Microsoft says it 'messed up' on its Xbox Live Gold price hike and is reversing the move after a huge backlash from fans

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  • Microsoft is scrapping a planned price hike for its Xbox Live Gold gaming membership.

  • It had planned to double the annual price of a subscription, required for online gaming, to $120.

  • The company is also letting players access free-to-play online games without the subscription.

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Microsoft will no longer raise Xbox Live Gold prices, it said Friday, after fans lashed out at its decision to double the cost of the gaming service.

Players would also no longer need the subscription - which is required for online multiplayer on Xbox consoles - to access free-to-play multiplayer games, Microsoft said as it reversed the price hike and said it "messed up."

On Friday morning, the tech giant announced it would double the cost of Xbox Live Gold. Under the price hike, a six-month plan would have cost $60.

Fans weren't happy. Twitter users slammed the decision, noting that the Xbox's new membership fee would be significantly higher than comparable ones for the Nintendo Switch and Sony's PlayStation consoles.

And despite the higher cost, Xbox owners would still have to pay for subscriptions even for free-to-play games like "Fortnite" and "Call of Duty: Warzone."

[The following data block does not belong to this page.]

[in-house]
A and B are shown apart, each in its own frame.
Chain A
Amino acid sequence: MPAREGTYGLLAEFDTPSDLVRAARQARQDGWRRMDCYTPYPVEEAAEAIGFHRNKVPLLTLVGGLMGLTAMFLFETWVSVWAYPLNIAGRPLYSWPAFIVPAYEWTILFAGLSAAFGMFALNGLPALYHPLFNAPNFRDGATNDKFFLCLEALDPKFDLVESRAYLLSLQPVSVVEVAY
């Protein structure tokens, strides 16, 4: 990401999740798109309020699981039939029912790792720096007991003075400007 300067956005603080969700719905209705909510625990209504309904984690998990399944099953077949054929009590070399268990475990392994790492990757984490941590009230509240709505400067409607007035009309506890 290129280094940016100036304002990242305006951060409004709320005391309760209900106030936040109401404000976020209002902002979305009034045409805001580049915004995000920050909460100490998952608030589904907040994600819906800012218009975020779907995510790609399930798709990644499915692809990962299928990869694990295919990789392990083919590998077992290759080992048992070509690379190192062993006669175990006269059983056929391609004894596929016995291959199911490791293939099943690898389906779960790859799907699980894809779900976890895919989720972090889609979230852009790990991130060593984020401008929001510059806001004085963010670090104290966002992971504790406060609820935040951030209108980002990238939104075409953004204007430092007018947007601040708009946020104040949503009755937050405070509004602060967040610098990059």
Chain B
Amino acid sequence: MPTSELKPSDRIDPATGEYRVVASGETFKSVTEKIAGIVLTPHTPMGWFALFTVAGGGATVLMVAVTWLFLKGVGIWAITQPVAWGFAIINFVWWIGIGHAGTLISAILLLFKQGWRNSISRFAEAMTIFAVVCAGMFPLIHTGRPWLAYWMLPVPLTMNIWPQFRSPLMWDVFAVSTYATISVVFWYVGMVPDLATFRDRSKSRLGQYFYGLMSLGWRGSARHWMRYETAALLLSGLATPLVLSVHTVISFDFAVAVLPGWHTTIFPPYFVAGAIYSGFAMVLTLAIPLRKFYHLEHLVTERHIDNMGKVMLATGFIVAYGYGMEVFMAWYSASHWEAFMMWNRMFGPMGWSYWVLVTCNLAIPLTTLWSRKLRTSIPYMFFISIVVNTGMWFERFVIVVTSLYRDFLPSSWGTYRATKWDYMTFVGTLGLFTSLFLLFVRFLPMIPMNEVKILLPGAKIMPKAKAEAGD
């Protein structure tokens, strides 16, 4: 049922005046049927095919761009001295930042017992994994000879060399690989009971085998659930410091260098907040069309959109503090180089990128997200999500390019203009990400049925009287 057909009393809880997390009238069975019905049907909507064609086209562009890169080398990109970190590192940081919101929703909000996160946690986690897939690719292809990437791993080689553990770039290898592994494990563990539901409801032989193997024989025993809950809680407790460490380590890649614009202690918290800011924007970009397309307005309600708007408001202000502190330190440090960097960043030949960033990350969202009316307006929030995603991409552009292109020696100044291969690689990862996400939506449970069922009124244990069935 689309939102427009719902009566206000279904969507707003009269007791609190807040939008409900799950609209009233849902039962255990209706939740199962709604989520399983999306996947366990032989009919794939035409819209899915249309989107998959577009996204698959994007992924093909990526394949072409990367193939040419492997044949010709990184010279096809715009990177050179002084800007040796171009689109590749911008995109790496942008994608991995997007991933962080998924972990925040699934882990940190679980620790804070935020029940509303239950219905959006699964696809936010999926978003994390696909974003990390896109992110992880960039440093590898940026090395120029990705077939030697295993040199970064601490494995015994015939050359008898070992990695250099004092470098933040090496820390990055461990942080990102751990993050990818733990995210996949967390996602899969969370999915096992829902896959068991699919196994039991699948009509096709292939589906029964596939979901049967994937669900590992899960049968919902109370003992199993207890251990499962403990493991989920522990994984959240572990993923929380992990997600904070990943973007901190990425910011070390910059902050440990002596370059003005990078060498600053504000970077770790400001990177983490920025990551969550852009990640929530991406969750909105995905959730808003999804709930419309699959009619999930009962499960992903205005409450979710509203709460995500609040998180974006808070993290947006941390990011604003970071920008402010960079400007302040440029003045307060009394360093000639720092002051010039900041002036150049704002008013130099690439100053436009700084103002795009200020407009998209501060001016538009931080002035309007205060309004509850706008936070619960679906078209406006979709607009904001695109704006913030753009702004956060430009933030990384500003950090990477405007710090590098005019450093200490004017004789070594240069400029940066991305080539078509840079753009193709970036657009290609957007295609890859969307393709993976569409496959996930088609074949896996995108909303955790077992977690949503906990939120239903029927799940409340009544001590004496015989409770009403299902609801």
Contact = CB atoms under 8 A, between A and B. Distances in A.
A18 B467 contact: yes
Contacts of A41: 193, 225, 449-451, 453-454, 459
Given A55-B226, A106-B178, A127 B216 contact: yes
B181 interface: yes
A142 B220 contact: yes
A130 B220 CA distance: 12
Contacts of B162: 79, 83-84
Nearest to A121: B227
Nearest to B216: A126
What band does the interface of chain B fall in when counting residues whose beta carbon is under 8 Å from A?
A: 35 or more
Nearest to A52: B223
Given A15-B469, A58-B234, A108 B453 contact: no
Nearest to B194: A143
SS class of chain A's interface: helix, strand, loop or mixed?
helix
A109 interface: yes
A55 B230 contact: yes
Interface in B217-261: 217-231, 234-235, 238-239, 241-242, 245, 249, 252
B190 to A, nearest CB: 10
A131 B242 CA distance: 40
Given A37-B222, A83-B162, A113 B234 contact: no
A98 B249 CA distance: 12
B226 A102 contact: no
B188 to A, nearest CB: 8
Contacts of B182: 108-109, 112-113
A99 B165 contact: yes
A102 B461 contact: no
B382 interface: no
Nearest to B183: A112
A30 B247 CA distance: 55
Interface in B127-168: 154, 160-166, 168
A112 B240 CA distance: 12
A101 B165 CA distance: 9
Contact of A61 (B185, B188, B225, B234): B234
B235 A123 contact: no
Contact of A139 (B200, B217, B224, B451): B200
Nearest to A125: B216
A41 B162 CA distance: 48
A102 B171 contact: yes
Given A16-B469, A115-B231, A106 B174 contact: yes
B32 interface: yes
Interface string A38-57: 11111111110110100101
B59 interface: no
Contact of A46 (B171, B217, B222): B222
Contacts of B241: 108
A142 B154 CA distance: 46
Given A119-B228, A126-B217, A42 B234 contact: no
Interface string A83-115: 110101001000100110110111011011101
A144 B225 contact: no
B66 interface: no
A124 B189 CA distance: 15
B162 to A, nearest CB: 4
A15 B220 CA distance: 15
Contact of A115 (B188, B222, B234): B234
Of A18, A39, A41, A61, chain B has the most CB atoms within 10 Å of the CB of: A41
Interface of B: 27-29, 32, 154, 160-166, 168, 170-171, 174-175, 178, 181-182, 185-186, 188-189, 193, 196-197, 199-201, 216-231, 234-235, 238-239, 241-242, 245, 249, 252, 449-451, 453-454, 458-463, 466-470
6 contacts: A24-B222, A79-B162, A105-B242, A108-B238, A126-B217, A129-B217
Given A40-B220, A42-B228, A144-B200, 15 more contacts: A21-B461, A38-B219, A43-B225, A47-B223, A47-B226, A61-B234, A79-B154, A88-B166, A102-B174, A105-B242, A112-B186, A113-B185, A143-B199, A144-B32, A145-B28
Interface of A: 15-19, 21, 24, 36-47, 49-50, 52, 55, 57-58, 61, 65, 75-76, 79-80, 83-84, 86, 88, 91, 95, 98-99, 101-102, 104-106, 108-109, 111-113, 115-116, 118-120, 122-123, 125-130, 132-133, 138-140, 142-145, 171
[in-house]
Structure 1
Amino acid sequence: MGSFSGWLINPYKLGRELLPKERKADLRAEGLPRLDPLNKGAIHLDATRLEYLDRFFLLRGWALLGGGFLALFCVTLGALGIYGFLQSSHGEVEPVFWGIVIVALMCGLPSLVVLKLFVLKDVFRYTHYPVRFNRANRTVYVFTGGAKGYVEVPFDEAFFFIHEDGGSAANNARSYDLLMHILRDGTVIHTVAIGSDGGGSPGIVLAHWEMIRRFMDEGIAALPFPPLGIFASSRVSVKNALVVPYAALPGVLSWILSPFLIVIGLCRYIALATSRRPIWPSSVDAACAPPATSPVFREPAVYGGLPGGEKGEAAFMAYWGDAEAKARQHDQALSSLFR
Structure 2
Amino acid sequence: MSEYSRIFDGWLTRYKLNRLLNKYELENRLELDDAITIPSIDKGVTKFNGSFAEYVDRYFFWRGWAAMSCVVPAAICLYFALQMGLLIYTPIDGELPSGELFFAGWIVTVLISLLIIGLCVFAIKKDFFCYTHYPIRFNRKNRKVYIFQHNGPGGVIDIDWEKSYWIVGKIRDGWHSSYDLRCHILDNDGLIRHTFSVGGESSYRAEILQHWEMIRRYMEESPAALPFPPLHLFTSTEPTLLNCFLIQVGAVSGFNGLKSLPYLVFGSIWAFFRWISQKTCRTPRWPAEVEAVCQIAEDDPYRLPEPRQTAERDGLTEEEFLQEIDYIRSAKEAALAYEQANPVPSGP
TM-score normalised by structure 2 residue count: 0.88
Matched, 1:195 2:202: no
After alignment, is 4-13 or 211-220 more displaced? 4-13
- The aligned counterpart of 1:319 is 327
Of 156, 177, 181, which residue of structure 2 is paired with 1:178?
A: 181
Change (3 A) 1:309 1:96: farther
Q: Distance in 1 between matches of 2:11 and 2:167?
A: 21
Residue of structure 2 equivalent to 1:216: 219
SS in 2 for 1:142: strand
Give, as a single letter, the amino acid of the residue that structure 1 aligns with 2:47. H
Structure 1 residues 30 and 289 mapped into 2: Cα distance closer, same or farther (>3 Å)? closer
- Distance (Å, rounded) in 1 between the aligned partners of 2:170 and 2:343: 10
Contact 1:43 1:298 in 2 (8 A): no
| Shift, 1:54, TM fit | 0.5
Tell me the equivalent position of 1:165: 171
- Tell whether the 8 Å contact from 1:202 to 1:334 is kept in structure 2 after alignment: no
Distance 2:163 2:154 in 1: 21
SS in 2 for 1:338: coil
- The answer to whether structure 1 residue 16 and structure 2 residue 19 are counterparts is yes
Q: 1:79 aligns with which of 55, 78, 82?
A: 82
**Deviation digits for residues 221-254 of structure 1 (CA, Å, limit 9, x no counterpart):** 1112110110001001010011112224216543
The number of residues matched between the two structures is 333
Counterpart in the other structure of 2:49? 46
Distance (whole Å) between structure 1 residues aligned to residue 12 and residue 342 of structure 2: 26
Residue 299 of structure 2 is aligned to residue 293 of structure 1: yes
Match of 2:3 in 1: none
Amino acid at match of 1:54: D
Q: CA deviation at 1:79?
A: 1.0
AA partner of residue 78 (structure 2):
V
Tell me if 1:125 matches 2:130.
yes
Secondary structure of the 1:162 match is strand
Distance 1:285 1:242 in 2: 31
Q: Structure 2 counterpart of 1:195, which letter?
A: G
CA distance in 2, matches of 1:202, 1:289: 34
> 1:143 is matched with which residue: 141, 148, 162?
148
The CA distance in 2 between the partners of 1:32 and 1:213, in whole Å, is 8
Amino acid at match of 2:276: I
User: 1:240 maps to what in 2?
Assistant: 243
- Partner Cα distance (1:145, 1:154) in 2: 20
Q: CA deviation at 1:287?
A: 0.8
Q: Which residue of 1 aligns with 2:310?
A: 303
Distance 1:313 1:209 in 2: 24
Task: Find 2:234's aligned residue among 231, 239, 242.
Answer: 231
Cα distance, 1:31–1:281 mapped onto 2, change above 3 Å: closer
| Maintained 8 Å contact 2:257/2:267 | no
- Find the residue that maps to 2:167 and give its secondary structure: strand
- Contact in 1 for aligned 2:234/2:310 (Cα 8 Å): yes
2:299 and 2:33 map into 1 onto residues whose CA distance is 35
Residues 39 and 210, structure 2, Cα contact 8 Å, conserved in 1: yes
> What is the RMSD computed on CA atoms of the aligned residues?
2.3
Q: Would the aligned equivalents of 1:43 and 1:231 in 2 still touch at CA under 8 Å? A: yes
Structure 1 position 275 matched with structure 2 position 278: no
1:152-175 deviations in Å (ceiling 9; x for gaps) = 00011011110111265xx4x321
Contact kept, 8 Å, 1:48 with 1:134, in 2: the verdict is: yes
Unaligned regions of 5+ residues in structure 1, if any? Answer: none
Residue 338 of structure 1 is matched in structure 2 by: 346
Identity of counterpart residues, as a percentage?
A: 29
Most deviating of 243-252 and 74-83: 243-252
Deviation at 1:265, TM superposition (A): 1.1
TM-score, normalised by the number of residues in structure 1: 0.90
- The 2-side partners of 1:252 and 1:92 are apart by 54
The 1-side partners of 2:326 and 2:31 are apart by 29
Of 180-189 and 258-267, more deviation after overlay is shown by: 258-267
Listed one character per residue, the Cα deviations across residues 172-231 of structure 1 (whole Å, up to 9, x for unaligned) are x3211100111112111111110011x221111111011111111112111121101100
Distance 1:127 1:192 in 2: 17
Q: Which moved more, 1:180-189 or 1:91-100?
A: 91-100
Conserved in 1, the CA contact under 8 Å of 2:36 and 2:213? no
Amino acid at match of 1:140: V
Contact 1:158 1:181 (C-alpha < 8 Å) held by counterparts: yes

The move would also have dramatically narrowed the difference in price between the annual costs of Xbox Live Gold and its Xbox Game Pass Ultimate, which gives players access to hundreds of games for a monthly fee.

The Game Pass Ultimate combines the Xbox Live Gold service with Xbox Game Pass, Microsoft's video game subscription service for both Xbox and PC.

Insider's Tyler Sonnemaker reported Friday that the price hike seemed designed to push more users to sign up for the more expensive Game Pass.

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Just hours after announcing the price hike, Microsoft issued an update backtracking.

"We messed up today and you were right to let us know," the company said in the updated blog post.

"Connecting and playing with friends is a vital part of gaming and we failed to meet the expectations of players who count on it every day," it said. "As a result, we have decided not to change Xbox Live Gold pricing."

Microsoft also announced that free-to-play games would no longer require an Xbox Live Gold membership to play on Xbox. The change would be introduced "in the coming months," it said.

Read the original article on Business Insider